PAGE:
by Emmett R Smith
LANDMARKS In history, writes historian John Lukacs, are easily discernible.
Their significance is immediately understood.
To be sure, ordinary people often understand more than they ‘know’. In this sense, then, historical landmarks are intimately bound-up in the emotions of the day–and, landmark-events may precipitate therefore in the popular mind a more conscious feeling, more exactly for what may be ‘most important’ at this time. Pearl Harbour was precisely, therefore, a landmark in the history of World War II. In this respect, then, landmarks are not turning-points.
Turning-points are altogether more debatable; and, the role of a disciplined intuition in historianship is therefore the sine qua non for the understandings of the historical mind. A turning-point in the war, then, came actually in 1940, on 28 May, in the inner war-cabinet, when Churchill repudiated a final attempt by Lord Halifax to re-introduce the topic of negotiation with Hitler. This led to at least two other landmark-events in 1941, besides the japanese failed attack on the United States Navy. These were the Hitler-attack on Russia, in June, and the german retreat from Moscow, in December. These landmark-events–each one gaudy enough for Hollywood in its own right–then converged into the next turning-point, in the history of the war:
After Churchill prevented Hitler from winning his european war, in the May of 1940, then in December, 1941, that european war became–a world war.
Expanding on Lukacs, then, I would suggest that turning-points are altogether more ineffable. Turning-points are, again precisely, indications of the the implications concealed especially in the converging product of events; and, they may point the direction of future development–or, devolution. This is because, to be yet more precise (and I think that John Lukacs has pointed this out, also), turning-points mark not only a convergence of often-immiscible-seeming trends–they are, as well, those nexes out of which a number of sometimes-competitive new (NB) trends can emerge; and, perhaps, diverge. Therefore, in light of the foregoing, for the 1946-64 american generation (now for its brief generational-maturity ‘in power’), the mahometan aeroplane-attacks in New York, on 11 September 2006, are a landmark–the analogy with the Pearl Harbour-attack is in this analysis exact. This is attested in the much-more vestigial American language itself, by the prevailing discourse-slogan, ‘9/11’. However, a critical turning-point in history for that selfsame generation came in its infancy and early childhood, in 1956:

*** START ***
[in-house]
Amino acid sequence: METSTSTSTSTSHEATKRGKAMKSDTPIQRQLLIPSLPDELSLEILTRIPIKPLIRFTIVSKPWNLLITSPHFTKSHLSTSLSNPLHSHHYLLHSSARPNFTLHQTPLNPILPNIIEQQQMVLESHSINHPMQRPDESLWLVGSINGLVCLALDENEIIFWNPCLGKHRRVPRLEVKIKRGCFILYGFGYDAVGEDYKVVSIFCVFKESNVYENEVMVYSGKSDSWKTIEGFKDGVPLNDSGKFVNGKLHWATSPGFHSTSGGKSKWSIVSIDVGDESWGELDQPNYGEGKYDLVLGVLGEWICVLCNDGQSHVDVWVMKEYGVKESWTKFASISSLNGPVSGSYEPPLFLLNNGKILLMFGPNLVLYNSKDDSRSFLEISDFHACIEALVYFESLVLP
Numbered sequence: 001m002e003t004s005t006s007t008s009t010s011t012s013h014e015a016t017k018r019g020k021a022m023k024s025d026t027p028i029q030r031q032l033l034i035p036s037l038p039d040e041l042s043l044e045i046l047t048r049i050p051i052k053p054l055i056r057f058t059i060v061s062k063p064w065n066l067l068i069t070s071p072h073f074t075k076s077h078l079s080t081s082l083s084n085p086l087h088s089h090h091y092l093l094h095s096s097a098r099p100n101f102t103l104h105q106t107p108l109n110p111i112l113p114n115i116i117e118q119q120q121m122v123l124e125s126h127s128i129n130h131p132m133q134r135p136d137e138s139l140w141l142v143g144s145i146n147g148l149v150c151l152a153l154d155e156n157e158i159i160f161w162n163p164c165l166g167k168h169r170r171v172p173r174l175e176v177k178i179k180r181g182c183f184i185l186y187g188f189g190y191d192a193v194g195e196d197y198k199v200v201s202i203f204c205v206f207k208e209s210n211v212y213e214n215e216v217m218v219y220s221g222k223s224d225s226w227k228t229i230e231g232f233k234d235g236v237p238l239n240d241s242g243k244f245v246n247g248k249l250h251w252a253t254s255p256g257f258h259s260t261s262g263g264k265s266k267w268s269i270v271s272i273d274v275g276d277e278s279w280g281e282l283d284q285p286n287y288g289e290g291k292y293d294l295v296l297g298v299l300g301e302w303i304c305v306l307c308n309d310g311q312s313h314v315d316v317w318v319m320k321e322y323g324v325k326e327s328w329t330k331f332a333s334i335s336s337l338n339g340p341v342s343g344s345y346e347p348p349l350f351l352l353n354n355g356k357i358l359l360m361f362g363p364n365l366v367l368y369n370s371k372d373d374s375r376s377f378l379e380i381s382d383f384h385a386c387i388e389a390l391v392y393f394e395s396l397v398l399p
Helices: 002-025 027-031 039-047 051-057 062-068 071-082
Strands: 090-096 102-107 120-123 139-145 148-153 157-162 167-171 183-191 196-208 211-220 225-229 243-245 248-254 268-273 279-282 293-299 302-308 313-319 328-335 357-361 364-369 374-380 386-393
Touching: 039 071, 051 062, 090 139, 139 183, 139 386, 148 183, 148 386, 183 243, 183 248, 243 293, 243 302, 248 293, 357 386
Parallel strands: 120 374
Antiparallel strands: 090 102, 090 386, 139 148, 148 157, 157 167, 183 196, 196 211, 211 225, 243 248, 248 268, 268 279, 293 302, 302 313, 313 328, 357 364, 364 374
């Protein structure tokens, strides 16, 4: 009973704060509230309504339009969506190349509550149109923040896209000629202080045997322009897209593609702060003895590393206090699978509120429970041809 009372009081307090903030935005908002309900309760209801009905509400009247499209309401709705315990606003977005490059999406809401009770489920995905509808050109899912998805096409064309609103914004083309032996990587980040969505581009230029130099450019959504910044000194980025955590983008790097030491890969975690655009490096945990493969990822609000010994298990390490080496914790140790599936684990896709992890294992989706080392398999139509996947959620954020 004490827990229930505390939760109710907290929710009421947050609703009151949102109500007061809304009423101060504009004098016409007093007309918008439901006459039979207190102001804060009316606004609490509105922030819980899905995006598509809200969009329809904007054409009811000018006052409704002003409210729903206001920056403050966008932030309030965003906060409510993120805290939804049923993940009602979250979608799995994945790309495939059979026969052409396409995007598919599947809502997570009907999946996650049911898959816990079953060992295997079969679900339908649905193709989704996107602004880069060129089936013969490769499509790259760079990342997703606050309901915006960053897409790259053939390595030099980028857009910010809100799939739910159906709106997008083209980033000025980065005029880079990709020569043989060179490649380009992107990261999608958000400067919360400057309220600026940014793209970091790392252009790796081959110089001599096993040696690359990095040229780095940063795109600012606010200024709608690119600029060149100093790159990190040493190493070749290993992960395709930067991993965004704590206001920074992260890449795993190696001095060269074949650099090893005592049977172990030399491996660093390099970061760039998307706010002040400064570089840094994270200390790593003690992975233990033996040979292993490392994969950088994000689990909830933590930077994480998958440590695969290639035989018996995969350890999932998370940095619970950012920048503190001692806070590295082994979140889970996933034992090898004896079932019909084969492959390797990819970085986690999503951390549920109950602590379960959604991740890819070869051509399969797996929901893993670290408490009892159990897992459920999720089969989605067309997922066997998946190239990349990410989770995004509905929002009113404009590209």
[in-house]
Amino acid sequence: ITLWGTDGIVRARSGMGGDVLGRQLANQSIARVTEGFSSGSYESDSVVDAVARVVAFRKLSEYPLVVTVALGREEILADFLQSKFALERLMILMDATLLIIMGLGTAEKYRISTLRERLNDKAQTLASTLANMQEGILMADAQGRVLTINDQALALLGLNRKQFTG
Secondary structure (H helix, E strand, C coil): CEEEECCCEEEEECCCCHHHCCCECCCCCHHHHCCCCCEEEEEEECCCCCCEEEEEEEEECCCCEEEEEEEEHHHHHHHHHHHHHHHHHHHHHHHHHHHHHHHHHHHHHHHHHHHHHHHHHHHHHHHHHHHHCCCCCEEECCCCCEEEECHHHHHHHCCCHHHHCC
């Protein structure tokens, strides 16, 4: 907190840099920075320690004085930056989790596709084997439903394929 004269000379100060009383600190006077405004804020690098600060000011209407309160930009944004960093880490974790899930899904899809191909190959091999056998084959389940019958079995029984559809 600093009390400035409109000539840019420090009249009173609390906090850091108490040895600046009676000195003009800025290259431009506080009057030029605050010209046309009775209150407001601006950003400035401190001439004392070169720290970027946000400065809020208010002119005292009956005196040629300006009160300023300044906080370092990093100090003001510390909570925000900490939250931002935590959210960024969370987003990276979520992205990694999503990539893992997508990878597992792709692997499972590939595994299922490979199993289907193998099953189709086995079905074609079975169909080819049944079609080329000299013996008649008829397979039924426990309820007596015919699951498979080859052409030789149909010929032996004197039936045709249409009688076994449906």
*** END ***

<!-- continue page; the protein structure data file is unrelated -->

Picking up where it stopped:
For the first time just fifty years ago, more Americans indicated that they were employed in service-occupations, rather than in actual production of commodities and products.
The wholesale ‘professionalisation’ of work was deemed a necessary good as long ago as that. And, the conscious motives may very well have been all creditable; new forms of production and goods; better performance by employees, doing new kinds of work; all for novel rewards and prestige; and, all of that. Alas, the deterioration of purposes. Service became not only ‘professional’; careerism (an end in itself) was another result; opportunity’s dark brother. And, as matters now stand, all of this burgeoning ‘hyper-credentiallism’, all of it going on throughout our entire young-time and coming-of-age, as a matter of historical logic does seem very clearly to have pointed, as a kind of central vector perhaps, to the colossal and thoroughly professional failure of american intelligence at the political height in the world, of the american ‘baby boom’.
[Emmett R Smith all rights reserved 27 July 2006]